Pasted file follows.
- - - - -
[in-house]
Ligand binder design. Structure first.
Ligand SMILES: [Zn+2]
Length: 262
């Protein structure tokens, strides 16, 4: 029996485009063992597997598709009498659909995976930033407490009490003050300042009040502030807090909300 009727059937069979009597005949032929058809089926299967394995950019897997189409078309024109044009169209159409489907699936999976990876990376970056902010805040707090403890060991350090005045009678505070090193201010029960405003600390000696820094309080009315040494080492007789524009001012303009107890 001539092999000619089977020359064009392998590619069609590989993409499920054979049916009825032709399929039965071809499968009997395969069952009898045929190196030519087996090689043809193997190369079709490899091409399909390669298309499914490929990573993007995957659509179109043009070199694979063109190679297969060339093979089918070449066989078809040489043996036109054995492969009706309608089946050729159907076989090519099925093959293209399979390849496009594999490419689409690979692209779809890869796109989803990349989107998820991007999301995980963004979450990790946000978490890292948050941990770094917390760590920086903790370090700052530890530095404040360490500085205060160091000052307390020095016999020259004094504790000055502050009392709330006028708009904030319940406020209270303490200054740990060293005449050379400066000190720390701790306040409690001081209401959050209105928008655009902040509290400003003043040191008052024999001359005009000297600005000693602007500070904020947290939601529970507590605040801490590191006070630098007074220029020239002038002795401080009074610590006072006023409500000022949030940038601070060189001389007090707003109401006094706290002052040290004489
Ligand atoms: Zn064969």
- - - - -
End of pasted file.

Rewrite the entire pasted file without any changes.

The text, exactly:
[in-house]
Ligand binder design. Structure first.
Ligand SMILES: [Zn+2]
Length: 262
């Protein structure tokens, strides 16, 4: 029996485009063992597997598709009498659909995976930033407490009490003050300042009040502030807090909300 009727059937069979009597005949032929058809089926299967394995950019897997189409078309024109044009169209159409489907699936999976990876990376970056902010805040707090403890060991350090005045009678505070090193201010029960405003600390000696820094309080009315040494080492007789524009001012303009107890 001539092999000619089977020359064009392998590619069609590989993409499920054979049916009825032709399929039965071809499968009997395969069952009898045929190196030519087996090689043809193997190369079709490899091409399909390669298309499914490929990573993007995957659509179109043009070199694979063109190679297969060339093979089918070449066989078809040489043996036109054995492969009706309608089946050729159907076989090519099925093959293209399979390849496009594999490419689409690979692209779809890869796109989803990349989107998820991007999301995980963004979450990790946000978490890292948050941990770094917390760590920086903790370090700052530890530095404040360490500085205060160091000052307390020095016999020259004094504790000055502050009392709330006028708009904030319940406020209270303490200054740990060293005449050379400066000190720390701790306040409690001081209401959050209105928008655009902040509290400003003043040191008052024999001359005009000297600005000693602007500070904020947290939601529970507590605040801490590191006070630098007074220029020239002038002795401080009074610590006072006023409500000022949030940038601070060189001389007090707003109401006094706290002052040290004489
Ligand atoms: Zn064969």